The Horrorist -Attack Decay
(Out of Line Records)
The Horrorist is one of those bands that are hard to classify, which is a good thing. It’s aggressive industrial with a punk aesthetic. This album points out, unfortunately, one of the things that is missing all too much from a lot of industrial albums: the earnest rage. Industrial was never meant to be neatly packaged, and there’s seventeen tracks on this album here to upset (or enlighten) the industrial neophyte.
A reviewer is always happy to come across music that is going to be hard to put in a genre. Attack Decay is pleasing on so many fronts. Eschewing the tropes of so much industrial and EBM, The Horrorist goes right for the jugular with its aggressive industrial, like Nitzer Ebb on crack. Those that grew up with ‘80’s and 90’s industrial in their tape decks, will greet this album with familiarity and surprise. This makes a lot of “harsh” EBM, sound like a goth kid griping about his allowance. This isn’t music that is going to pack a dance floor, this isn’t going to please a kinder-goth, this is sick and unpleasant industrial. This album recalls the best of what Skinny Puppy did on some of the better songs on the “Brap” album, with slightly more traditional song structures.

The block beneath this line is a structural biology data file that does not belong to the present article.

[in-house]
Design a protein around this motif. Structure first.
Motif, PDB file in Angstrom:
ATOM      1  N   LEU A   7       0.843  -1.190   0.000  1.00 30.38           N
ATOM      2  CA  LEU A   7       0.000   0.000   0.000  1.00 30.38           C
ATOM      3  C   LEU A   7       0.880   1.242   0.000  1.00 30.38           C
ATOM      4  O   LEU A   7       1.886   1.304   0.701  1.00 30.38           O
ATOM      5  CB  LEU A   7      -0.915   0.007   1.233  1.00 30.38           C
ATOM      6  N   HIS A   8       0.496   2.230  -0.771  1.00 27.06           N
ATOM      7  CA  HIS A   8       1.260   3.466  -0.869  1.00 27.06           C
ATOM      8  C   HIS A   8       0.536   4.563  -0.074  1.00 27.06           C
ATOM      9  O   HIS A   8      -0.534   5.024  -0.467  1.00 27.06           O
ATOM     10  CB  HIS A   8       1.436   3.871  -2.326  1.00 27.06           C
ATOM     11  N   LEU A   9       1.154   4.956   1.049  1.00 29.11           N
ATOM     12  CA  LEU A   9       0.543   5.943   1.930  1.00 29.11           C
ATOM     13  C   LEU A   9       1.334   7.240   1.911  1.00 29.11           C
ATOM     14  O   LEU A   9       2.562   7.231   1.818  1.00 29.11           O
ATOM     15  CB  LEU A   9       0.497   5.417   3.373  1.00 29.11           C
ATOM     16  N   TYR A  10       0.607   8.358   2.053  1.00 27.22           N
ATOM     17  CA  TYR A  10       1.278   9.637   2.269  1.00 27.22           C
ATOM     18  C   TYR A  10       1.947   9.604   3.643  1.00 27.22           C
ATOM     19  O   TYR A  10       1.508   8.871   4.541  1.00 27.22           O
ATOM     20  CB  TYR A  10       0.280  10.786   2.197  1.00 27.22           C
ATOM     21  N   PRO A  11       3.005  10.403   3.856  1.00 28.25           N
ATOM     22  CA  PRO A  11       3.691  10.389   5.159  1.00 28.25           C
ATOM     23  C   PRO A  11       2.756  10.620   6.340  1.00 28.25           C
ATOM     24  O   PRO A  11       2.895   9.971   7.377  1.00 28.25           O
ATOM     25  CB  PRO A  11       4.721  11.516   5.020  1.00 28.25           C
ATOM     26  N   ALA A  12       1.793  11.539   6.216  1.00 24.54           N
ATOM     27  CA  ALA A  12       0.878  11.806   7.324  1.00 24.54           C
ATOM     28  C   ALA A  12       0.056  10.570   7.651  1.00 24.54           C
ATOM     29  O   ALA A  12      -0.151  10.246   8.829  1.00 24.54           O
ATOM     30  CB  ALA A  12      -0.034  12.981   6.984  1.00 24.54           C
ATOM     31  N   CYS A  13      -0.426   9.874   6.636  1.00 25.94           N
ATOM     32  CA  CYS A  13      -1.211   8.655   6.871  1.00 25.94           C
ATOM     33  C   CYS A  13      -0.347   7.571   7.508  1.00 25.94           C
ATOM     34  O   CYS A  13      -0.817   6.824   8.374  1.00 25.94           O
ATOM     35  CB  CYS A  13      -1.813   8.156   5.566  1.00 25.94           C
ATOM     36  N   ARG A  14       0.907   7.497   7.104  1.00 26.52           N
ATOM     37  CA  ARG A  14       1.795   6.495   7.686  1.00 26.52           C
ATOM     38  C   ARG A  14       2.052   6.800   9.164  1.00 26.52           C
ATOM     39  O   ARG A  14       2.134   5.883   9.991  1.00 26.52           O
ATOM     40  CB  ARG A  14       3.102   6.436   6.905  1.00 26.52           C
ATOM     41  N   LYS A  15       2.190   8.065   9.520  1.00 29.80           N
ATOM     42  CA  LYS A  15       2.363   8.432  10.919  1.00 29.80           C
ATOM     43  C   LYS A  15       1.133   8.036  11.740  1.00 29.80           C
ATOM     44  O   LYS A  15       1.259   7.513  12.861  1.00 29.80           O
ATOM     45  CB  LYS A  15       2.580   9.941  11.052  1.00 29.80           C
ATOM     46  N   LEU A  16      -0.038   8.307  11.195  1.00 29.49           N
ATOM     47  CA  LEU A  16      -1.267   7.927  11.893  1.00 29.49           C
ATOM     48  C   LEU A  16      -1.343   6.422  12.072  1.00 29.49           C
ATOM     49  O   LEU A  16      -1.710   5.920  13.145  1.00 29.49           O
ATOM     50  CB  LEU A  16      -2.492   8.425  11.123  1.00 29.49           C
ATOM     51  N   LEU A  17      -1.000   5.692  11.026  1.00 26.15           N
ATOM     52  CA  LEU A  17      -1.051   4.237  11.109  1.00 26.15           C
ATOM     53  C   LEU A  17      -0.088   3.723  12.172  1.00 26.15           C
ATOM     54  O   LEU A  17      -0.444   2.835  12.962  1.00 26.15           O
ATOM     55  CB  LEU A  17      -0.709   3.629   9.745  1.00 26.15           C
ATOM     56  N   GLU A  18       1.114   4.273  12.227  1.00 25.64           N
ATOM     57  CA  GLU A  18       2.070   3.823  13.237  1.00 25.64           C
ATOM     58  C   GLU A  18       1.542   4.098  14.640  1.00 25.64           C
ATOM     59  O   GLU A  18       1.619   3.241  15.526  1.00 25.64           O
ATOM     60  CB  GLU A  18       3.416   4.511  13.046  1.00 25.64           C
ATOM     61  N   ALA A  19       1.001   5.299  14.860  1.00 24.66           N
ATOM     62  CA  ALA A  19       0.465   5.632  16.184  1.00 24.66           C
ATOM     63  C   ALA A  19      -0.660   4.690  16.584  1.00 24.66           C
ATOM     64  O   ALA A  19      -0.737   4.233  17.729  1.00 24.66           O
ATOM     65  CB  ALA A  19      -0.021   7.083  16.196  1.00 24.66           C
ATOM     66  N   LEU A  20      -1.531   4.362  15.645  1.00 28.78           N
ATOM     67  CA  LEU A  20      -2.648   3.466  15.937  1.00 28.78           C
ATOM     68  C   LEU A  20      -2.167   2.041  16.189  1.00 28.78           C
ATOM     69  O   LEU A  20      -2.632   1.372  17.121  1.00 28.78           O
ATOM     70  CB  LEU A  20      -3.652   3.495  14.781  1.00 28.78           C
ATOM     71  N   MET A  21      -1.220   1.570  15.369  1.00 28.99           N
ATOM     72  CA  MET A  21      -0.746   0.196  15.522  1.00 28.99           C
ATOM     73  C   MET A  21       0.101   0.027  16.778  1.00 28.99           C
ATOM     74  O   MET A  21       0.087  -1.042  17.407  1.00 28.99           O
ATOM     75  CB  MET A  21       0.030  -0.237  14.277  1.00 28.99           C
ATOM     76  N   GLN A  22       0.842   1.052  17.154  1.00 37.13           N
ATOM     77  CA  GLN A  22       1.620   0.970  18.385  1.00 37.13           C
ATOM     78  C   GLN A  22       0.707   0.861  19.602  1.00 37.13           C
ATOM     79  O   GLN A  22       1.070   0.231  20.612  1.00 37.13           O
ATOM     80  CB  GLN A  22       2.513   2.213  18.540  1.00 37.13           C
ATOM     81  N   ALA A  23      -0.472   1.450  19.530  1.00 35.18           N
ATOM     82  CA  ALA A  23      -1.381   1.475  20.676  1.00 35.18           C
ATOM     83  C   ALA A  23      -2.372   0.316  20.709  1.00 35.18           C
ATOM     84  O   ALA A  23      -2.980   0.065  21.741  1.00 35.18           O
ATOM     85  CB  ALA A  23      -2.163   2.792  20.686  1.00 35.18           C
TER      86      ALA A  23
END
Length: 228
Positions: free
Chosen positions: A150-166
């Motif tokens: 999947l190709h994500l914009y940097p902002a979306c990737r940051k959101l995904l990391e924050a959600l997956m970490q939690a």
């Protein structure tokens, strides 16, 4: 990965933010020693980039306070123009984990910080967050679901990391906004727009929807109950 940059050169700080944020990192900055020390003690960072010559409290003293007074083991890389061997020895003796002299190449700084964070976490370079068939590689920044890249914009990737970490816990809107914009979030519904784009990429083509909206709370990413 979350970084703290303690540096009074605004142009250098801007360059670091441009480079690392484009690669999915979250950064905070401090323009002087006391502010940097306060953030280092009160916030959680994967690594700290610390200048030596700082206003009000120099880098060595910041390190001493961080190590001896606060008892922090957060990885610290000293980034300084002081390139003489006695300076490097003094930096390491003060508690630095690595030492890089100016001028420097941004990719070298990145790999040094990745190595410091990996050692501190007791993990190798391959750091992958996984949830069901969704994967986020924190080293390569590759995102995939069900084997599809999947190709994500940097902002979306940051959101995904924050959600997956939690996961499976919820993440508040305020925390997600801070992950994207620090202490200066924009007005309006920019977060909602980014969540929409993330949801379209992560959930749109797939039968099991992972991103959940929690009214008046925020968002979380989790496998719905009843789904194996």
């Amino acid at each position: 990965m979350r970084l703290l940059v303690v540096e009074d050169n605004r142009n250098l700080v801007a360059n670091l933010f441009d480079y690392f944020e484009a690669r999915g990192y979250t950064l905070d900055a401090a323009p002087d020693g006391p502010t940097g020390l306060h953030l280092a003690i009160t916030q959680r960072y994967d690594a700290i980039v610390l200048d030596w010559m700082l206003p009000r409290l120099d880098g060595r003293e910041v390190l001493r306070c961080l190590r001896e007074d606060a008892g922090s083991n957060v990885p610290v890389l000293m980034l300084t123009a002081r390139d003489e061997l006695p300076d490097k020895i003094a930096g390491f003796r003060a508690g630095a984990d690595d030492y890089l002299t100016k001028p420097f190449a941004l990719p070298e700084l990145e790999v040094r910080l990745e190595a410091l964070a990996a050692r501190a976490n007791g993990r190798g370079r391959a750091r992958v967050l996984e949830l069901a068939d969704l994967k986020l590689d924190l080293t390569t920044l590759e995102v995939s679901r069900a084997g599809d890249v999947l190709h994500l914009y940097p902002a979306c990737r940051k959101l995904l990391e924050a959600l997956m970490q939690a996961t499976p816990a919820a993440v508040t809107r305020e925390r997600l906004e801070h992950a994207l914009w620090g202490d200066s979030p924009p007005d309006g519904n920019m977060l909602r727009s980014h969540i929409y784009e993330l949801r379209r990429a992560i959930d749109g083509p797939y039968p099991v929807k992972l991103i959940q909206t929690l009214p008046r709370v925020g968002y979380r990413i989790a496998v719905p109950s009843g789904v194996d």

The album opens with “Now Destructor” which is a brilliant and noisy track. The opening sounds like some of the sound effects to Dawn of The Dead, and has the same disorienting effect. This album doesn’t have the slick sound and polish of a lot of Industrial and EBM, but these songs show just how little that really matters. I used the word earnest to describe this album, and that’s the best word. “You are Disturbing” is also a great track. The vocals or subdued and hypnotic. Definitely a standout track. The patches on this track could have come from the 8-bit Nintendo, but that’s half the beauty. Despite that, this album never sounds dated. If there were justice in the world, this would be getting spun instead a lot of rehash EBM.
Lastly, there is a sense of humor on this album, in track like “13 Dobermans,” and “Room of Posers.” It’s refreshing. Industrial and Goth used to have a sense of humor about itself, and yeah, it needs to have it again. You need to check these songs out, and you need to get these songs spun at clubs. If your thing is Industrial music that is not what every other band seems to be doing, this is an album you must have. If you remember a time when Industrial was not a product, get this album.
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